My tree offers a limitless array of sensory experiences. There are growths that mirror human orifices. There are crevices and pockets where I place carrots and apple cores for the squirrels. I could write something about every one of these discoveries and never tire of the emerging details.
When I snapped this photo, I considered writing a blog consisting entirely of human body parts as depicted by the weeping beech. I’d title it “orifices.” But upon looking up the word found “orifices” to be technically wrong. Remembering a lecture during my MFA residency entitled le mot juste, I researched the origin of the French phrase for the right word, and listened, with pleasure, to the pronunciation of le mot juste by a computerized French Woman.
As writers, we must pay attention to details. As closely as I pay attention to the sound of the leaves’ crisp edges brushing the sidewalk. As closely as the sensation of coolness along the tree’s thick branches as I lie my chest against it, I must pay attention.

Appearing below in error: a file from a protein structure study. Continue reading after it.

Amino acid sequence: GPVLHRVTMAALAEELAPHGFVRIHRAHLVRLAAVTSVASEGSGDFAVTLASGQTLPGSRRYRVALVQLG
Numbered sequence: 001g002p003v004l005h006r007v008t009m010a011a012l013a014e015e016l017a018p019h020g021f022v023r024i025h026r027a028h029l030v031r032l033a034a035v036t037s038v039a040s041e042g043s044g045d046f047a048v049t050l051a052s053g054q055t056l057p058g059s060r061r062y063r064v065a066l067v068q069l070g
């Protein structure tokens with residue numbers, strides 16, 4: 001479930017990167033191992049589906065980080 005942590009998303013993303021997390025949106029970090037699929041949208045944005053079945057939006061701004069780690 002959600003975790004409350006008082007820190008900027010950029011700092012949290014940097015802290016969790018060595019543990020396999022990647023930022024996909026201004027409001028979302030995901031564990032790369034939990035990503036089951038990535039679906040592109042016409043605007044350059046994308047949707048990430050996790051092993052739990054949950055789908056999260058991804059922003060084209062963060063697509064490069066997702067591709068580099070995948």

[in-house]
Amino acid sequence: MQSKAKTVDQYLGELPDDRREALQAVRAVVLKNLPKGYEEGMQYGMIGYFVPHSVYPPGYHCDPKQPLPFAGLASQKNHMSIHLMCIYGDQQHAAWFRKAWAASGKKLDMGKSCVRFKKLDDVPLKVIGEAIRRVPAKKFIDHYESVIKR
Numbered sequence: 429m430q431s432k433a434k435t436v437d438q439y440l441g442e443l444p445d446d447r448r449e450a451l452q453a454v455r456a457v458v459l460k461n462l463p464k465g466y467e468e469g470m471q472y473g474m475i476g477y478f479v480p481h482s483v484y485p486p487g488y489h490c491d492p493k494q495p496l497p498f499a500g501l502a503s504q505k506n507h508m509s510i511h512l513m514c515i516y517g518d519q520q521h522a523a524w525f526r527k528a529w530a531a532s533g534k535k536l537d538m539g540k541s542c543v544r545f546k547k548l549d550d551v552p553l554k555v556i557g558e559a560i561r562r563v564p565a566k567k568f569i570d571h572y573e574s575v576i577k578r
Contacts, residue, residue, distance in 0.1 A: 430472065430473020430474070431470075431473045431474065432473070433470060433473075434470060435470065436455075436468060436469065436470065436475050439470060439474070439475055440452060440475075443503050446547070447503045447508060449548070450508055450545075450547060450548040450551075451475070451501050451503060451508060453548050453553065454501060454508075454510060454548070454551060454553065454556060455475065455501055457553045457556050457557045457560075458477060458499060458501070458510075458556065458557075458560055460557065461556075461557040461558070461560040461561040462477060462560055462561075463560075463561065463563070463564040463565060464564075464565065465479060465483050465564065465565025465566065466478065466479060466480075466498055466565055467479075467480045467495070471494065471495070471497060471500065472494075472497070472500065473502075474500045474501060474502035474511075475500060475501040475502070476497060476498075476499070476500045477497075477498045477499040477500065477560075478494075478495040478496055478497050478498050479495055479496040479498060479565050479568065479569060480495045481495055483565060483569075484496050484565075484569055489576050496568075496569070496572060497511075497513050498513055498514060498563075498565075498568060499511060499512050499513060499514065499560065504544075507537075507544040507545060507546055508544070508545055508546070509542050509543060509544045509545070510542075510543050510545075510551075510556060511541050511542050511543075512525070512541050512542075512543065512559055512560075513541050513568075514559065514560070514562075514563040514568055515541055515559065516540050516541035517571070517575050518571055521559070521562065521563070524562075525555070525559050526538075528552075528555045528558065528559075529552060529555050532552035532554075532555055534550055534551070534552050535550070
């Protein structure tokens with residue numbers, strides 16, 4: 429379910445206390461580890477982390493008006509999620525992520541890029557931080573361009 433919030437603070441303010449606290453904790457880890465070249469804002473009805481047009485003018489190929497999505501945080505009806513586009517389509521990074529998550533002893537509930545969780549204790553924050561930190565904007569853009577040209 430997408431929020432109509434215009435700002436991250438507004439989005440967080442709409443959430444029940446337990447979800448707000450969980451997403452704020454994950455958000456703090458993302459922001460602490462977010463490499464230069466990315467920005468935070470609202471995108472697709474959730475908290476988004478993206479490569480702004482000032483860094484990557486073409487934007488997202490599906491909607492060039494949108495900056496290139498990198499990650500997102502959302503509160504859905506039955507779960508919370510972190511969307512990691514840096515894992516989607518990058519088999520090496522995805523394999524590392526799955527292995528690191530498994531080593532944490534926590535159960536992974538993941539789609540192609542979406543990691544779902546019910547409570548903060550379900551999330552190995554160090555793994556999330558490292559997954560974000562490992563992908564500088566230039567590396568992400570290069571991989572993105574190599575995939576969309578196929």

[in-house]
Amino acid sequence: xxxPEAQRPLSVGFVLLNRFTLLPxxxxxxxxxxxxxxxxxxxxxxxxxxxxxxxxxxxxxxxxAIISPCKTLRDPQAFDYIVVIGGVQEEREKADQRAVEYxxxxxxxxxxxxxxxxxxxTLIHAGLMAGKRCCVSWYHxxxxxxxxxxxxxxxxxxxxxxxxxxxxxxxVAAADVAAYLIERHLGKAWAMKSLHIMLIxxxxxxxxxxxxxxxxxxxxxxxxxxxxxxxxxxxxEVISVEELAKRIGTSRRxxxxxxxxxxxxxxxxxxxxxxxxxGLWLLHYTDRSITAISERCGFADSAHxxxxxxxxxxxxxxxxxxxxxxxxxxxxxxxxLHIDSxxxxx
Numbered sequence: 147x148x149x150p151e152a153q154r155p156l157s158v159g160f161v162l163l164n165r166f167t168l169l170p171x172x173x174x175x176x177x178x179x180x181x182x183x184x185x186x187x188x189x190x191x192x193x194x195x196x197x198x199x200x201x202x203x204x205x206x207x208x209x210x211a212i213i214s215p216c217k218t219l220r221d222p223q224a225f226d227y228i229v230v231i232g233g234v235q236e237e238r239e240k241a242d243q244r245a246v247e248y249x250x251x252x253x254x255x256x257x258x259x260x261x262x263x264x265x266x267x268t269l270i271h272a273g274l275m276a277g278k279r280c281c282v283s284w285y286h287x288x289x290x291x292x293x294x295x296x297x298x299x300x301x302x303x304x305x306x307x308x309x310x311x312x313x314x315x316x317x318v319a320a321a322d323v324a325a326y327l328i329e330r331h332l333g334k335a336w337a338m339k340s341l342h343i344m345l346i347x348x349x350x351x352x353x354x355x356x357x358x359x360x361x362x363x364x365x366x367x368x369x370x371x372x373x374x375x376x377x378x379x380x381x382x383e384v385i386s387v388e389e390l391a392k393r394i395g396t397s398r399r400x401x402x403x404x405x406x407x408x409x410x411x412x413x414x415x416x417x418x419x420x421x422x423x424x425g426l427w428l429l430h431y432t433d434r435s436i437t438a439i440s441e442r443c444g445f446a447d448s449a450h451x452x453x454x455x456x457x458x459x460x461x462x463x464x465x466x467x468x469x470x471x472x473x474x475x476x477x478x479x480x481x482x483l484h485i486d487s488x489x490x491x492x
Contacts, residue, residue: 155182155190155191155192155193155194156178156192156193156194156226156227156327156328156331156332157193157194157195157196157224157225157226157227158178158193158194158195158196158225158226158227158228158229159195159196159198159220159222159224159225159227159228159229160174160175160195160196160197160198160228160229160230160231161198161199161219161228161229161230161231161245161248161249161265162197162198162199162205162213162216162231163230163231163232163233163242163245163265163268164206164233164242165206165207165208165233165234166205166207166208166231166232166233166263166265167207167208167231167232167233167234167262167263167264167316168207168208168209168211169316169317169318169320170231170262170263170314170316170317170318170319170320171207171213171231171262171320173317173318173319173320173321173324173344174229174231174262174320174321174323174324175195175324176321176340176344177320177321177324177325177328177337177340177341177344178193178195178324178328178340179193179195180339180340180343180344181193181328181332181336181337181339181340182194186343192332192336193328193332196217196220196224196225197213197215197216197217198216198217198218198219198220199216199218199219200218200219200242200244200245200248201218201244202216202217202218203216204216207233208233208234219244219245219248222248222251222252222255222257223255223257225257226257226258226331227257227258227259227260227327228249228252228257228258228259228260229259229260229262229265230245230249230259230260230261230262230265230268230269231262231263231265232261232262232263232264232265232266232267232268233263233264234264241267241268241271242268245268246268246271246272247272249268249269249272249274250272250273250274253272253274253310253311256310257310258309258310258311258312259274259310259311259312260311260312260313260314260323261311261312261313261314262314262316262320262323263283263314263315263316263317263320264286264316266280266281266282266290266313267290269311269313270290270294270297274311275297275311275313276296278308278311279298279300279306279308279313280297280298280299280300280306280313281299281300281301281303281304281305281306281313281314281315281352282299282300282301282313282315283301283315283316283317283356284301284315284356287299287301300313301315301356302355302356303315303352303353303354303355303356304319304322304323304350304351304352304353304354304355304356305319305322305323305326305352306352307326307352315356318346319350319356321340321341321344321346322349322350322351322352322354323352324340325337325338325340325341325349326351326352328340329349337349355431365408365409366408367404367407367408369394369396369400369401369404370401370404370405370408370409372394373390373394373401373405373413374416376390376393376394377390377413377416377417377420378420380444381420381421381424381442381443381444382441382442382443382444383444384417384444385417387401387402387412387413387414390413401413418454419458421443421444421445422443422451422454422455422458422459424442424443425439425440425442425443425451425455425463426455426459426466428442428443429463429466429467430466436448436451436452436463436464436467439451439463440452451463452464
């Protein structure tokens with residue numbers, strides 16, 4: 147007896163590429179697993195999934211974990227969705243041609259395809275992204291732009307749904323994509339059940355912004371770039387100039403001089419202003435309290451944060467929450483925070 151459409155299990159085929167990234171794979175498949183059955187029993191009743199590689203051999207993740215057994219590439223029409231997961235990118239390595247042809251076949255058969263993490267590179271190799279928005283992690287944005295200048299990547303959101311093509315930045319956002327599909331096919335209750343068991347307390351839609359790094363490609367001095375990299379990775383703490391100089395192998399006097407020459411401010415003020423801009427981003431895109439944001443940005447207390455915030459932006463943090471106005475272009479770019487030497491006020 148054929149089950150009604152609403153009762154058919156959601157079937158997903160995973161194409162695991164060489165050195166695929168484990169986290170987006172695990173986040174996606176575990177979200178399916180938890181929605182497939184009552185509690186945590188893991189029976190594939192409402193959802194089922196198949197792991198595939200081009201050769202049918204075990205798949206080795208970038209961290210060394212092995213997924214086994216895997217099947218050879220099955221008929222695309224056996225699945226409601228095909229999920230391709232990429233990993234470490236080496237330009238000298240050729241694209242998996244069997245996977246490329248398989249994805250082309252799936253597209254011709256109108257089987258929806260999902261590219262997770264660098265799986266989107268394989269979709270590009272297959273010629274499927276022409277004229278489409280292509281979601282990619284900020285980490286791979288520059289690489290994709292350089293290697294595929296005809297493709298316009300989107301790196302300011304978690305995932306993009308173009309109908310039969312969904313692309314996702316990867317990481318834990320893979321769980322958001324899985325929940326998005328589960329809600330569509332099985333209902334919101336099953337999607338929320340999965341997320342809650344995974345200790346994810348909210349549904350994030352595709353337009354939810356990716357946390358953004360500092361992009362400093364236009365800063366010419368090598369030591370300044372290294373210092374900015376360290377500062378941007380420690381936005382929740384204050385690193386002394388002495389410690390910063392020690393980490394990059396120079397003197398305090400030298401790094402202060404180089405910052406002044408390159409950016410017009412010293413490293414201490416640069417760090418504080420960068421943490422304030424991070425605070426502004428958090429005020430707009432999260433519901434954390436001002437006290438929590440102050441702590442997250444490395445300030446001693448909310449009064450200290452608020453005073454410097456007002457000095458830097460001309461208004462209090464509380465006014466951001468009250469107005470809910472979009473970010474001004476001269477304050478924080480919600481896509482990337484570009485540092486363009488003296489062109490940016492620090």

And yet, it is so easy to let the focus shift and shift and shift as I gather delicious details. I can spend my writer’s life collecting sensory images and imagine how to capture them in words. I can spend my writer’s life searching for similes between nature and a human life. In creating a writer’s life of observation, I can be quite content and fully present to the moment. There is nothing wrong with this choice.
However, if I want to spend my writer’s life completing a manuscript, regardless of length or genre, then I must allow the possibility that my fascination with the tree’s breasts is an act of procrastination.
Breasts are amazing details. Orifices that resemble human sexual organs are worthy of notice. And yet, I am certain that good writing requires probing beneath the surface. There is a reason that the breasts grew on the Weeping Beech. As a writer, I will consider why.